Re: More info coming

        Would be interested to read the 'other' version as well, ust because I'm interested in how the editorial process works.

        Not that you'd be allowed to publish it I guess. Accusations of fake news would abound...

        1. Korev Silver badge

          Re: More info coming

          Me too

  4. katrinab Silver badge
    Happy

    It has slightly restored my faith in the US justice system.

    Oracle knew it was overpriced, random commentards on here knew at the time it was overpriced. He had a duty to his shareholders to get the best price for their investment, and he did a good job there.

    1. Anonymous Coward
      1. F. Frederick Skitty Silver badge

        Oracle considered bidding for Autonomy, but walked away when it was clear HP were going to pay way over the odds.

      2. katrinab Silver badge

        Yes, they looked at buying it and decided to walk away.

      3. Anonymous Coward
        Anonymous Coward

        https://www.theguardian.com/business/2011/sep/29/oracle-autonomy-mike-lynch

        1. Anonymous Coward
          Anonymous Coward

          Also, some of the documents linked in the Guardian article can be found on the Wayback Machine:

          https://web.archive.org/web/20110930140048/https://www.oracle.com/us/corporate/features/please-buy-autonomy-503330.html

        2. AVR

          How did Lynch piss Oracle off so badly? Just denying that they'd discussed acquisition wouldn't normally produce that sort of response, with docs attached and all.

    2. anothercynic Silver badge

      Same here, Katrina.

      As much as I have a very dim view of the federal court system, this time it's done the job right.

      1. Pascal Monett Silver badge
        Trollface

        Everyone can make mistakes . . .

        1. Petalium

          …But at C-level you don’t have to pay for them

      2. Michael Wojcik Silver badge

        Personally, I think Lynch is guilty, and I think the UK trial established that beyond reasonable doubt.

        But particularly since HP, and in particular Apotheker, were wildly reckless and foolish — also convincingly established by the UK trial — I can't say I'm upset by Lynch being acquitted here. The US jury wasn't convinced, and they did their job in not returning a conviction. I'm fine with that.

        Even if HP were blameless, Blackstone's Ratio would apply. You want a conviction, you convince the jury beyond a reasonable doubt. If you can't, then the defendant should walk.

  5. Throatwarbler Mangrove Silver badge
    Devil

    Hilarious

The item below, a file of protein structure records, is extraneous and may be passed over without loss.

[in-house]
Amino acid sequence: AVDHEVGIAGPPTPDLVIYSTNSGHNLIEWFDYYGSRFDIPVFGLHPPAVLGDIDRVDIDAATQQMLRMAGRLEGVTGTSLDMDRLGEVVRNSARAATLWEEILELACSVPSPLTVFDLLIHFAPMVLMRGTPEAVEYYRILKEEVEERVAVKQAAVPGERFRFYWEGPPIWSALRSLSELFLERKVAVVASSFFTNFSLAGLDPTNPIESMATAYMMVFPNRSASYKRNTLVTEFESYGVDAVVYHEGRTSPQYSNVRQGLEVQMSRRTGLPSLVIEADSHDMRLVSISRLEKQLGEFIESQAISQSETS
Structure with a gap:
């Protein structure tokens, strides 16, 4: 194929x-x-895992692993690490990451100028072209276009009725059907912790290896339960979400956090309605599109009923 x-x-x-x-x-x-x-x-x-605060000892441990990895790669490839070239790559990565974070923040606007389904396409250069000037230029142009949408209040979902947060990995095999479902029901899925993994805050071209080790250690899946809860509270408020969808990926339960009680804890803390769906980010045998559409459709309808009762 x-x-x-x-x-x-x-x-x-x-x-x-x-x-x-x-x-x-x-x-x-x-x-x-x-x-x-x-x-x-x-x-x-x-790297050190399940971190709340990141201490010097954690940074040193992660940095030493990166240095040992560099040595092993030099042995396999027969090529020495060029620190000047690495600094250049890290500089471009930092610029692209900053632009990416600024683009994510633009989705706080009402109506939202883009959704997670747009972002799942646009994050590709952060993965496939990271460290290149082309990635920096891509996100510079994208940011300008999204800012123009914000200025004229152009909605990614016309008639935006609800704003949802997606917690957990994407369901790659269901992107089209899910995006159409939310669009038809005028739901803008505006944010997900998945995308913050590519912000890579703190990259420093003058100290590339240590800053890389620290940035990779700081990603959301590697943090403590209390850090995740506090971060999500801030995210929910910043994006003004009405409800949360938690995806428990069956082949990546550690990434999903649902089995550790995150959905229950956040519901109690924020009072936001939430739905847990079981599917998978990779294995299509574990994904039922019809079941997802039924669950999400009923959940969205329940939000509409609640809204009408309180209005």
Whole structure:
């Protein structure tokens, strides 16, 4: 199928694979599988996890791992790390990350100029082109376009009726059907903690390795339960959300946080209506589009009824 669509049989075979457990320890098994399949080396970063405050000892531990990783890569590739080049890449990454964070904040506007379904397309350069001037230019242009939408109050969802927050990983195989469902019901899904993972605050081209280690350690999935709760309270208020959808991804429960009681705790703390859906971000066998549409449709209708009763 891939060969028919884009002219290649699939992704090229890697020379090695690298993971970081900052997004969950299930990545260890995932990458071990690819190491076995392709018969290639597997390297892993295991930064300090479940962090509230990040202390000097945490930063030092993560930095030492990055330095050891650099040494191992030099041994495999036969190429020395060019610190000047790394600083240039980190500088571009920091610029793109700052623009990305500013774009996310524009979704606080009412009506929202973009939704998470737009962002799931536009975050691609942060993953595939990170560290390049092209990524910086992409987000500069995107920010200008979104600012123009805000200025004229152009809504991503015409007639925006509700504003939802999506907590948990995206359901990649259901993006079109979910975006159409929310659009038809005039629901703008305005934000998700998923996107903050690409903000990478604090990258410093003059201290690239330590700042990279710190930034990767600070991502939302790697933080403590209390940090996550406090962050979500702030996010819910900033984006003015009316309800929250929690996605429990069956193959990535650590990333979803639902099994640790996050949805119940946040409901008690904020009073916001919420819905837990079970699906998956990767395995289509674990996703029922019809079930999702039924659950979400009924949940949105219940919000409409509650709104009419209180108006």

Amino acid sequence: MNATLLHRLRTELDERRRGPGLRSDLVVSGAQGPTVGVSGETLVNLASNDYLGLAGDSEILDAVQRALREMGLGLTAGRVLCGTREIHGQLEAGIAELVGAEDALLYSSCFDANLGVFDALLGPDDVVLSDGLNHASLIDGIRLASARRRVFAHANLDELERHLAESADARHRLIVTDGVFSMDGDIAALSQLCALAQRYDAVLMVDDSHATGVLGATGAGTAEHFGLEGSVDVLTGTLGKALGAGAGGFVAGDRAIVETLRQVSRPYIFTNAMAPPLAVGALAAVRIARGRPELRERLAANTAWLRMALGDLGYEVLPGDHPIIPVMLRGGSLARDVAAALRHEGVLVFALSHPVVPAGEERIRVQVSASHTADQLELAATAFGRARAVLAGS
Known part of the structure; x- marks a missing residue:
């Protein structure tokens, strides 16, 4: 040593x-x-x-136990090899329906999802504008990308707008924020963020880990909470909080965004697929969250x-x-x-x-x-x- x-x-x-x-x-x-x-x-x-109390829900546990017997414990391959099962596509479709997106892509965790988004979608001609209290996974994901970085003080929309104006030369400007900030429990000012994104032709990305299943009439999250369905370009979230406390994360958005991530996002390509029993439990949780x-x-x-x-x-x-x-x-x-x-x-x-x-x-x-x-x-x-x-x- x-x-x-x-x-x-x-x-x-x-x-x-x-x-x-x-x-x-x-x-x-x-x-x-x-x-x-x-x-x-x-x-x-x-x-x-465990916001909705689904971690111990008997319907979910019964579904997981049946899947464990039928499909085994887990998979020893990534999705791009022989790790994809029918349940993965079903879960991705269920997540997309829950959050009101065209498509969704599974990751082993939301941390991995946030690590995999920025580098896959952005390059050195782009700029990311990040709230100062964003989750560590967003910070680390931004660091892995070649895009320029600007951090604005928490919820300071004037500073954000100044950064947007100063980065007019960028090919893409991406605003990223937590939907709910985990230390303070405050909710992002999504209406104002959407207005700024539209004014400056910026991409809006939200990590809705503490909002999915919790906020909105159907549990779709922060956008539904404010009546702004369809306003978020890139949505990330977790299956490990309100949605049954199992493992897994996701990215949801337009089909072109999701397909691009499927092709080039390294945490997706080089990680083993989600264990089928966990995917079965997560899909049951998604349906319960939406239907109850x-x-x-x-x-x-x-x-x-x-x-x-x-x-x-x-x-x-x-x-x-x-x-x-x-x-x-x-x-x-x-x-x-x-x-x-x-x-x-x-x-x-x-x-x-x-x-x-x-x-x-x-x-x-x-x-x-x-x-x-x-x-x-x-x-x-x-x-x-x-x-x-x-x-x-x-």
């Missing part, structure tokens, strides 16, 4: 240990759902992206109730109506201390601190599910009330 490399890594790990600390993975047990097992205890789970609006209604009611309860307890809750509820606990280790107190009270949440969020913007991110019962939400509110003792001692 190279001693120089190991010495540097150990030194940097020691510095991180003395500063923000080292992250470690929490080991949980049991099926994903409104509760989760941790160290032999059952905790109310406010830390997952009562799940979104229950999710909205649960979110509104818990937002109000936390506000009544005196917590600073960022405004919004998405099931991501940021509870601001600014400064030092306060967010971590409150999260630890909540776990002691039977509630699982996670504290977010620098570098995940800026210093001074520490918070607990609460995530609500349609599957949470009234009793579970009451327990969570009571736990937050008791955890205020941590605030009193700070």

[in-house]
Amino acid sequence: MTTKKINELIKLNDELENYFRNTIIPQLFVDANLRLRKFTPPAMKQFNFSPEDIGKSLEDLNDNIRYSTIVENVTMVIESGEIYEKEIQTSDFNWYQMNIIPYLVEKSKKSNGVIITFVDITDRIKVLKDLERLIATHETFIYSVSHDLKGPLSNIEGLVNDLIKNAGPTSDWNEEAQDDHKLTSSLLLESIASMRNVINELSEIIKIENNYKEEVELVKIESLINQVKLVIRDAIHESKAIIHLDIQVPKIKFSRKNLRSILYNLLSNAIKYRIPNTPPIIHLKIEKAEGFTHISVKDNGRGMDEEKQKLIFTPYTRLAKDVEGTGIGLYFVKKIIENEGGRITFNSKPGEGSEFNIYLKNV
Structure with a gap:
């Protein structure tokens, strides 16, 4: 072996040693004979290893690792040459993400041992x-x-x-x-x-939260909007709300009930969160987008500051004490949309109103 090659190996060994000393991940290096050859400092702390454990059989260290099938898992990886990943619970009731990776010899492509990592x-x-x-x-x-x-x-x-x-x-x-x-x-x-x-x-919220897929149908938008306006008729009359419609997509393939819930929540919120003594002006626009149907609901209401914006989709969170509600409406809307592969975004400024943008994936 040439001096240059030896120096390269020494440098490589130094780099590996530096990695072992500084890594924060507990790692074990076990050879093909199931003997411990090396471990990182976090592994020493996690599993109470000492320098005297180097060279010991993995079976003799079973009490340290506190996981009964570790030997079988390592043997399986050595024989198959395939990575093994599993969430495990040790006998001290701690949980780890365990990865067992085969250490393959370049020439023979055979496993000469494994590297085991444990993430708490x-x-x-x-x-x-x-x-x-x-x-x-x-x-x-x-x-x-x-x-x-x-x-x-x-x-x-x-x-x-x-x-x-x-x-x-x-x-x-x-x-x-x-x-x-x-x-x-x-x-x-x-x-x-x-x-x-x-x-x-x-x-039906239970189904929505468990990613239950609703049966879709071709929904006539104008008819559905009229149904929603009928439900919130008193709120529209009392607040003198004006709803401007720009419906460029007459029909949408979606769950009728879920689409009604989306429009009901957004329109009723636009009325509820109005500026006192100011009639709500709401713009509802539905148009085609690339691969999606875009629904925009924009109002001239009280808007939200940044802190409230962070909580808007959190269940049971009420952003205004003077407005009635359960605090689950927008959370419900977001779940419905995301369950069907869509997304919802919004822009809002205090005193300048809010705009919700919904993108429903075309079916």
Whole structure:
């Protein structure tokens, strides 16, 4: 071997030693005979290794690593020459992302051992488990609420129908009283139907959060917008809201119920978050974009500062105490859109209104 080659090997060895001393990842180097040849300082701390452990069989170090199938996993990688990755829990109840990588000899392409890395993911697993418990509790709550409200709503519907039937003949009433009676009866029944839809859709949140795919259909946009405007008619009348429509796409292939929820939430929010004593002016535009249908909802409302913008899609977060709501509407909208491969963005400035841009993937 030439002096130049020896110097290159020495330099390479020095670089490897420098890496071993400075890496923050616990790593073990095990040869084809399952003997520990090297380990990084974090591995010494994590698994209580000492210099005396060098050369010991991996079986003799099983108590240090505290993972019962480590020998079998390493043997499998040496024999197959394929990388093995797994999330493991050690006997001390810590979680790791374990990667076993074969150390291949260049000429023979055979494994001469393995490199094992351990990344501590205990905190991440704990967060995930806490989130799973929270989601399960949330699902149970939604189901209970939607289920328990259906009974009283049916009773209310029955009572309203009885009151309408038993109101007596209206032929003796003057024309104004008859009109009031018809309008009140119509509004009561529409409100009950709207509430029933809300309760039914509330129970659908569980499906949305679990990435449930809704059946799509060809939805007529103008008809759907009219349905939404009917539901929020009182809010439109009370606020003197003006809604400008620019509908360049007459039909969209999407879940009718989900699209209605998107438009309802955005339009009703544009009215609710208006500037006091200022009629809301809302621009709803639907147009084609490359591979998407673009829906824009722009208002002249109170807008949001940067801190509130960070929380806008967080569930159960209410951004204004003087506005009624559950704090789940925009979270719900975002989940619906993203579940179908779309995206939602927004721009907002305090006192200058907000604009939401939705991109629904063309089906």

I don't know whether Lynch is guilty, but I recall all the histrionic wailing about Lynch being extradited and the doom fortold about how he would never see justice in America and instead spend the rest of his life unjustly imprisoned in a grim federal Supermax trading blowjobs for cigarettes. How are we feeling now, fellas?

    1. Michael

      Re: Hilarious

      Well I feel pleased he was found not guilty.

      I still can't comprehend how a company the size of HP could have completed a purchase like that with performing due diligence. The blame all lay in the HP boards decisions.

      1. Yet Another Anonymous coward Silver badge

        Re: Hilarious

        Because it wasn't necessarily in HP's interest to do a deal - but it is in the interest of the individual at HP doing the deal

        They are going to appear on business sections of the TV news and in the business papers - so they are going to be familiar to people looking for their next CEO

        By the time the deal goes bad - all deals go bad or at least are obscured to the point that nobody knows if they were bad - they have moved on.

        They are just known as the person that worked on multi $Bn M&A deals

      2. Michael Wojcik Silver badge

        Re: Hilarious

        I still can't comprehend how a company the size of HP could have completed a purchase like that with performing due diligence.

        I can: Apotheker was a crap CEO. That's it, plain and simple. His own CFO told him it was a bad deal. He fired his own auditors (KPMG) without reading their preliminary report and before they delivered their final report — that's now a matter of record. He decided on a stupid course of action and refused to hear any arguments against it. Then he refused to own up to his mistake.